bread; sandwiches; and the like. The food as treated may be raw, cooked (including baked) or partially cooked. Also applicable are materials which although they are organic materials of natural origin like the foodstuffs mentioned above, are not normally considered edible, such as blood (whole, plasma or serum), tobacco, and the like but which, nevertheless, are subject to deterioration by the action of microorganisms or enzymes. Also included are materials like pharmaceuticals which, whether essentially organic or inorganic, are subject to such deterioration or may serve as carriers of undesirable microorganisms. With such materials, 'both edible and inedible, the principal result of treatment by the present invention is preservation in packaged form. Also included are materials which, although deterioration thereof is not a principal problem nevertheless act as carriers for microorganisms which can contaminate other materials or living bodies and which are, therefore, desirably sterilized. Most notable in this group are materials used in the practice of medicine, like instruments; textiles, such as surgical wearing apparel, towels and bed linen; surgical gloves, and the like. It will be apparent from the foregoing that the object of the treatment may be the sterilization of the inside of an empty sealed container. Here, of course, the material being treated is the air or other gas within the container and the interior surfaces themselves.

Iclaim:

1. In the control of substances selected from the group consisting of microorganisms and enzymes in material containing them by subjecting said material to electromagnetic energy until the desired control is achieved, the improvement wherein the material is subjected, in a treating zone and while contained in a confined zone within said treating zone at least one wall of which confined zone is permeable to microwave energy and infrared radiation, simultaneously to microwave energy and infrared radiation through an atmosphere of steam under superatmospheric pressure, until said control is achieved. said steam atmosphere being in direct contact with walls of said confined zone but out of direct contact with said material undergoing treatment, and then discontinuing the passage of microwave energy and infrared radiation into said material in said confined zone.

2. The method of claim 1 wherein the microwave energy has a frequency of from about 1000 to about 5000 megacycles per second.

3. The method of claim 1 wherein the microwave energy has a frequency of from about 2000 to about 3000 megacycles per second.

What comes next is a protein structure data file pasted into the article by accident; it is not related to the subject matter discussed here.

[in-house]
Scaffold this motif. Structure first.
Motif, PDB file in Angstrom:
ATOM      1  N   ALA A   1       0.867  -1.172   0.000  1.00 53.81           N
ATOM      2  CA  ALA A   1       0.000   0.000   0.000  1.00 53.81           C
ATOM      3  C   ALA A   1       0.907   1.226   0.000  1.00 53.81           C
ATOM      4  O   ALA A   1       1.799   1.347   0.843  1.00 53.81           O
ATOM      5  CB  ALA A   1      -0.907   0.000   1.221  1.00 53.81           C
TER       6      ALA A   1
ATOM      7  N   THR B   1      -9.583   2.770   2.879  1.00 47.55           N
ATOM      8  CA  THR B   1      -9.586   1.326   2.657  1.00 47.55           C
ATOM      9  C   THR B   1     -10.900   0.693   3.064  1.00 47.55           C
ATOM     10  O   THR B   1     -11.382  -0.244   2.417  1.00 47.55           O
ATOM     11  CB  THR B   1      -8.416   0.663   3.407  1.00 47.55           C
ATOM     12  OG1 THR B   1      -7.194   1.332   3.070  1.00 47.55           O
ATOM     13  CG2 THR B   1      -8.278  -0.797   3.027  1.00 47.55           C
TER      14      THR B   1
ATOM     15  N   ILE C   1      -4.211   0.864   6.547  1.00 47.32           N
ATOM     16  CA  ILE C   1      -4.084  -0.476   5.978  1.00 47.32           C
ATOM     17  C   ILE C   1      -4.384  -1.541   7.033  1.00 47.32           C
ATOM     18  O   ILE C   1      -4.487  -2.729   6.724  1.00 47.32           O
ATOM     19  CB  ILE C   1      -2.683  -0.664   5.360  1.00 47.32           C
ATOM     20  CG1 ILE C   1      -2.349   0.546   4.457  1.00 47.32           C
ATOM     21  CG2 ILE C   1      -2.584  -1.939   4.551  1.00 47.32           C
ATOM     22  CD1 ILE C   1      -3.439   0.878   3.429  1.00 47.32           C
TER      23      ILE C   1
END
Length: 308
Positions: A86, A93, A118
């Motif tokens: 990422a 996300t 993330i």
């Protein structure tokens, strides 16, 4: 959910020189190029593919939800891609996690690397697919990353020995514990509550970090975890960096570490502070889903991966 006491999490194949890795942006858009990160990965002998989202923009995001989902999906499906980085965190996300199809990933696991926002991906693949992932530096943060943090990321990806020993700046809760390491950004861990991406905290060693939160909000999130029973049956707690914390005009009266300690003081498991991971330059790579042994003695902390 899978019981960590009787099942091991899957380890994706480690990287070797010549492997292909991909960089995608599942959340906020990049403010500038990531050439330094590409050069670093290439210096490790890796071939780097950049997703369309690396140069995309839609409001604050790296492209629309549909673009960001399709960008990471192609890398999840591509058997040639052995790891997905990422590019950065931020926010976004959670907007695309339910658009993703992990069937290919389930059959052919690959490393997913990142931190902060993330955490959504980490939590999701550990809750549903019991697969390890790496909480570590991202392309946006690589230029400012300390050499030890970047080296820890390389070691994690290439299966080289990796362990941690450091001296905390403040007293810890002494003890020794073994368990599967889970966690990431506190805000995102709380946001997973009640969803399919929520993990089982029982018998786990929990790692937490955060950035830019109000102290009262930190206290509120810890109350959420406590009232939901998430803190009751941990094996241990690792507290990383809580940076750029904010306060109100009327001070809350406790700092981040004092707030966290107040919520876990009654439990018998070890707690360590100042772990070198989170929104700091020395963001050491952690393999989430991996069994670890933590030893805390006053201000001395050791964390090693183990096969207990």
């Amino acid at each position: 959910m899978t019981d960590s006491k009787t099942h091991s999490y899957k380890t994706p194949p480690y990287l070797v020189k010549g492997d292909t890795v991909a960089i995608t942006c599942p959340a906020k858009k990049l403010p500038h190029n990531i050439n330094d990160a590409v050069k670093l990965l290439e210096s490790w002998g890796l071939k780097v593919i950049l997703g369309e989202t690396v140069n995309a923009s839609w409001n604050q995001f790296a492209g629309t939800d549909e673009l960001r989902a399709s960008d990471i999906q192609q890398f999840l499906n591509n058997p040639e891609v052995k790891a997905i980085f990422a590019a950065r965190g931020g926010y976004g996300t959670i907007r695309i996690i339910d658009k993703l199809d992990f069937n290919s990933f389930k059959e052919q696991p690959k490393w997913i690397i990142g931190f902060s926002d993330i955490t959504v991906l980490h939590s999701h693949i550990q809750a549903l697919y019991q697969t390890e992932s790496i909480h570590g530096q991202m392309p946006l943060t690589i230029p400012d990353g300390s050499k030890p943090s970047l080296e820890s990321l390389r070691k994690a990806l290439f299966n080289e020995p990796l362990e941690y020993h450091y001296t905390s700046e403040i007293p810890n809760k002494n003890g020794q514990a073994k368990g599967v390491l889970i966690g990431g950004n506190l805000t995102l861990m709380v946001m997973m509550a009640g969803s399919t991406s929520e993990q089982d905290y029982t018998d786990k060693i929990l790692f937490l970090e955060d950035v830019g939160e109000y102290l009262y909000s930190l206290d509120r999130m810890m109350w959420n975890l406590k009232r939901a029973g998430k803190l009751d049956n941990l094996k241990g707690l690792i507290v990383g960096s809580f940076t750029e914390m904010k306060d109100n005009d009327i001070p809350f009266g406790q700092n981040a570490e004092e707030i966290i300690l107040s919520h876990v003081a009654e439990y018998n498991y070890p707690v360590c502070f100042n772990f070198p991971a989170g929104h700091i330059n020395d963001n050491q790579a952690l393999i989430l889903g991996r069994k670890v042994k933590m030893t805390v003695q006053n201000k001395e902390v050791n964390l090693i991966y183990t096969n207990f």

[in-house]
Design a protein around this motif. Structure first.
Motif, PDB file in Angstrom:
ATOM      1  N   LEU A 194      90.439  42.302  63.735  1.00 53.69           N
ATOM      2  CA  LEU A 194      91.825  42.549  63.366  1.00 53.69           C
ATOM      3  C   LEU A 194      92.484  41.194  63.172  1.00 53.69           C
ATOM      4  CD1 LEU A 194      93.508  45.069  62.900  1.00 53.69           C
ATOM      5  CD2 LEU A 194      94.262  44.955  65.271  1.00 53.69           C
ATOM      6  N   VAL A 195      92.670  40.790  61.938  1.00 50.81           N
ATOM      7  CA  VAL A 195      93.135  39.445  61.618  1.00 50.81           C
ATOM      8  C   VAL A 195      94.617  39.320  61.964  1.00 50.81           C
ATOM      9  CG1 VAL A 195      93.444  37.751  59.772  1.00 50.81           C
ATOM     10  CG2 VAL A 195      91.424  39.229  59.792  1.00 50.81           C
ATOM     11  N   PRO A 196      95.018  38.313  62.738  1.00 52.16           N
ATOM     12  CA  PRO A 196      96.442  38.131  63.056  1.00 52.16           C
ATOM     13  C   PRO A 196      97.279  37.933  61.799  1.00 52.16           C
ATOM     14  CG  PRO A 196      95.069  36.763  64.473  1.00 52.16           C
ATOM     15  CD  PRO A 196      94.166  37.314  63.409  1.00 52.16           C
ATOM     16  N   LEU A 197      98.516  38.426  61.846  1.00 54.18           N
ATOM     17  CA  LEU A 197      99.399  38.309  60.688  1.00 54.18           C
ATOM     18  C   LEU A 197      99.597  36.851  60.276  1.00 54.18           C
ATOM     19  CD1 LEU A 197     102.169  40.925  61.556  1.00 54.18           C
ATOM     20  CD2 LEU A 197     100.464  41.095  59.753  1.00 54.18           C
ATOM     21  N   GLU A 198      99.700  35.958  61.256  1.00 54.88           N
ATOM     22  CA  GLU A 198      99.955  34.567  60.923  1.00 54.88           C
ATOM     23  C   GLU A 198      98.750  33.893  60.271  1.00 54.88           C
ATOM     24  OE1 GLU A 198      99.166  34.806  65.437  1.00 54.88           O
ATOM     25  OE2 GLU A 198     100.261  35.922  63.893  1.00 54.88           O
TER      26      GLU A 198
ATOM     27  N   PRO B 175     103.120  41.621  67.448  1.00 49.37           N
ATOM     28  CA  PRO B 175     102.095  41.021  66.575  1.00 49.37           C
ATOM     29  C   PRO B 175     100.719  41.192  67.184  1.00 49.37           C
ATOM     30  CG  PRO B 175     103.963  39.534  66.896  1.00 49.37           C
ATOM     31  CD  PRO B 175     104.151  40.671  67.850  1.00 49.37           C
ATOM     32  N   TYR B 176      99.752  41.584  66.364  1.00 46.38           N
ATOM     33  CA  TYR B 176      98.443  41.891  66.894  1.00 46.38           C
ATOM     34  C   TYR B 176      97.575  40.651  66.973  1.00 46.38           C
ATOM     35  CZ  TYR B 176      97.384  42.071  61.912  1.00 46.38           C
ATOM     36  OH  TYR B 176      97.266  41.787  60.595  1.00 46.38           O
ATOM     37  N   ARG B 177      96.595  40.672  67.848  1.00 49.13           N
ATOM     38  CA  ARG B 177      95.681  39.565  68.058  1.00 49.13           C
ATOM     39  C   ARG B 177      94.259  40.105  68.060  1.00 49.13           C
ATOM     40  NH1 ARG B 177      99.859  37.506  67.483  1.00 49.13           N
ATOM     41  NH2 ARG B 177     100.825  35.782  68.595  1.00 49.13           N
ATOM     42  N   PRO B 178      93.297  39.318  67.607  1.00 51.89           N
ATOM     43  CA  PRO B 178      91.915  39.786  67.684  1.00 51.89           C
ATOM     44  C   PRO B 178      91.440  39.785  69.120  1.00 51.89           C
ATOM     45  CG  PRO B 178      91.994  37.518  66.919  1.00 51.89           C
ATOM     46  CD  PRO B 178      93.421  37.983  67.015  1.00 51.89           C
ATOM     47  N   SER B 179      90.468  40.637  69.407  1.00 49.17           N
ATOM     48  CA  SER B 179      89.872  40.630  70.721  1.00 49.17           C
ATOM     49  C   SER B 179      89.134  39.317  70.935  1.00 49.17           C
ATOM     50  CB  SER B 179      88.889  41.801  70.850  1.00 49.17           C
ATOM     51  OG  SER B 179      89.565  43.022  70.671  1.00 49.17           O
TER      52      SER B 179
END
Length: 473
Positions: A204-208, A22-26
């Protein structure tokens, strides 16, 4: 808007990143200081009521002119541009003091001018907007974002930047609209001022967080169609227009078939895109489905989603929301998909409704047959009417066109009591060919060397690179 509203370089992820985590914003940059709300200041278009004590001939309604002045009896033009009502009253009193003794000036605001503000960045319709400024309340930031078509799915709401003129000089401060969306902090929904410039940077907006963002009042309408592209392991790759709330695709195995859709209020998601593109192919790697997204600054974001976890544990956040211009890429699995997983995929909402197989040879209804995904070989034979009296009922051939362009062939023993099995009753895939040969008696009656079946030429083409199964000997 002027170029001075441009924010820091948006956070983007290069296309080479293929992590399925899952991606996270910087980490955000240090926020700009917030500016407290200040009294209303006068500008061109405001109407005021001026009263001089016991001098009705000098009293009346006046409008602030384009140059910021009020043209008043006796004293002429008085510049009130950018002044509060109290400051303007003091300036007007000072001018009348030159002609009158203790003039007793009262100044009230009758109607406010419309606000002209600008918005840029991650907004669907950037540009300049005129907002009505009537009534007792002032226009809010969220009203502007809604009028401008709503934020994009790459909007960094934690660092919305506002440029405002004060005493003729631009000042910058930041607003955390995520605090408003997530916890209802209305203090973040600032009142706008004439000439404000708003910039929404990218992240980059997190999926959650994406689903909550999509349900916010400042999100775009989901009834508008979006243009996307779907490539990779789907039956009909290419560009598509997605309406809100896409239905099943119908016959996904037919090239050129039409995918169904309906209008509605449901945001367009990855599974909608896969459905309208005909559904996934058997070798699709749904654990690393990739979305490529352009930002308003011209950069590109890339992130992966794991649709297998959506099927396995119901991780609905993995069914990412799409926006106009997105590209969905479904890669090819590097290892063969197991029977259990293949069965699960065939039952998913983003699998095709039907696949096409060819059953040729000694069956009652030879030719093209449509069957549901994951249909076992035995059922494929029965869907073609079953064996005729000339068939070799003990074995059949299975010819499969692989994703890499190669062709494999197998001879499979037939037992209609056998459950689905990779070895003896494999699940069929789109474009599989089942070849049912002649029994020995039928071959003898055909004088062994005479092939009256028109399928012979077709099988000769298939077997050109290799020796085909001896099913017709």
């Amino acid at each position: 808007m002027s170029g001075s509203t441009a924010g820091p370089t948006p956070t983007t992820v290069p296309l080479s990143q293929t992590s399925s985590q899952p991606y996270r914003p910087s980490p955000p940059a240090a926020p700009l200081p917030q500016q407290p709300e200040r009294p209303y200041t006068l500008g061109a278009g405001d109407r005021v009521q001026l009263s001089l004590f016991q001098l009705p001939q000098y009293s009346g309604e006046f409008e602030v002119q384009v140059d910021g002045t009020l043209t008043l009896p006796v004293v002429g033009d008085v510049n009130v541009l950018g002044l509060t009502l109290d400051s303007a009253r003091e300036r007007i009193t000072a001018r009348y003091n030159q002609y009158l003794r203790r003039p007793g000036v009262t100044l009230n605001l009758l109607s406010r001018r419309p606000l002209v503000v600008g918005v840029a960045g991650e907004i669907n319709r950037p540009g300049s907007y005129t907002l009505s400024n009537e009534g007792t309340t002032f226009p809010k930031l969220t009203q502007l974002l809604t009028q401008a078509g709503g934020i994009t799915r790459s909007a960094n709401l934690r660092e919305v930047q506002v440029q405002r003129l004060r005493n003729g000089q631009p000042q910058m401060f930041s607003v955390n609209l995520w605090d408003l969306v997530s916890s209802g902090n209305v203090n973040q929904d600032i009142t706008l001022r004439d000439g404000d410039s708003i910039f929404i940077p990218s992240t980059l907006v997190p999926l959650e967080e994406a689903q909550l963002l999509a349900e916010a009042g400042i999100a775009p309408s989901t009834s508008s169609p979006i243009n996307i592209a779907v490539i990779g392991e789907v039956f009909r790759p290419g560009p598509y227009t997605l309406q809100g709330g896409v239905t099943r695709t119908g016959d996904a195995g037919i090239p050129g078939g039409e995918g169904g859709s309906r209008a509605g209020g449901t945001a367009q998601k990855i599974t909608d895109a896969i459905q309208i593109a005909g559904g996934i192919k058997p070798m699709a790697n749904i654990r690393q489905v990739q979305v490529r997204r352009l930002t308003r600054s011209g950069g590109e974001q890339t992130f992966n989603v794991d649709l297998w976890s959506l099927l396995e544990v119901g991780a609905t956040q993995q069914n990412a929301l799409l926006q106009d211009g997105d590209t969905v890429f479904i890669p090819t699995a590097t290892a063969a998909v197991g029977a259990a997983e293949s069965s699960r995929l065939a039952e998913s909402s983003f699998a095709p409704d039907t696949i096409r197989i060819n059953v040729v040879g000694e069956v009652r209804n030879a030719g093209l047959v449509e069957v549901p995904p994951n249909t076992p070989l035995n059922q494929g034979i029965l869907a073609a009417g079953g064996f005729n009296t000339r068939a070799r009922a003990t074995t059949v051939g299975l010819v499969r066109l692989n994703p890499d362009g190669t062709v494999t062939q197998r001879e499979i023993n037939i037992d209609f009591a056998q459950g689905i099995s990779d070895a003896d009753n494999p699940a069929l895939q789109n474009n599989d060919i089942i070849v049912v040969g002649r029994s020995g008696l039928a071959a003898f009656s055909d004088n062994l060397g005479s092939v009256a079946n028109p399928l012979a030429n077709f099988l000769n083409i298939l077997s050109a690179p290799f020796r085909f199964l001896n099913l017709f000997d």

4. The method of claim 1 wherein said material being treated is substantially free of moisture.

5. The method of claim 1 wherein said confined zone is a sealed container and wherein the material undergoing treatment in the confined zone is the gas atmosphere within the container and the interior walls of the container.

6. The method of claim 1 wherein said material contains microorganisms, and wherein it is subjected to said microwave energy and said infrared radiation through said atmosphere of steam until sterile.

7. In the control of substances selected from the group consisting of microorganisms and enzymes in material containing them by subjecting said material to electro magnetic energy until the desired control is achieved, the improvement wherein the material is subjected in a treating zone and while packaged in a container within said treating zone at least one wall of which container is permeable to microwave energy and infrared radiation, simultaneously to microwave energy and infrared radiation through an atmosphere of steam under superatmospheric pressure until said control is achieved, said steam atmosphere being in direct contact with walls of said container but out of direct contact with said material,

and thereafter discontinuing the passage of microwave energy into said material.

8. In the control of substances selected from the group consisting of microorganisms and enzymes in liquid and semi-liquid perishable material containing them by subjecting said material to electromagnetic energy until the desired control is achieved, the improvement wherein said material is flowed along a confined pathway, Walls of which are permeable to microwave energy, and infrared radiation in a treating zone; and wherein said material while in said confined pathway is subjected simultaneously to microwave energy and infrared radiation through an atmosphere of steam under superatmospheric pressure, said steam atmosphere being in direct contact with walls of said confined pathway but out of direct contact with said perishable material, until said control is achieved, and thereafter discontinuing the passage of microwave energy and infrared radiation into said material.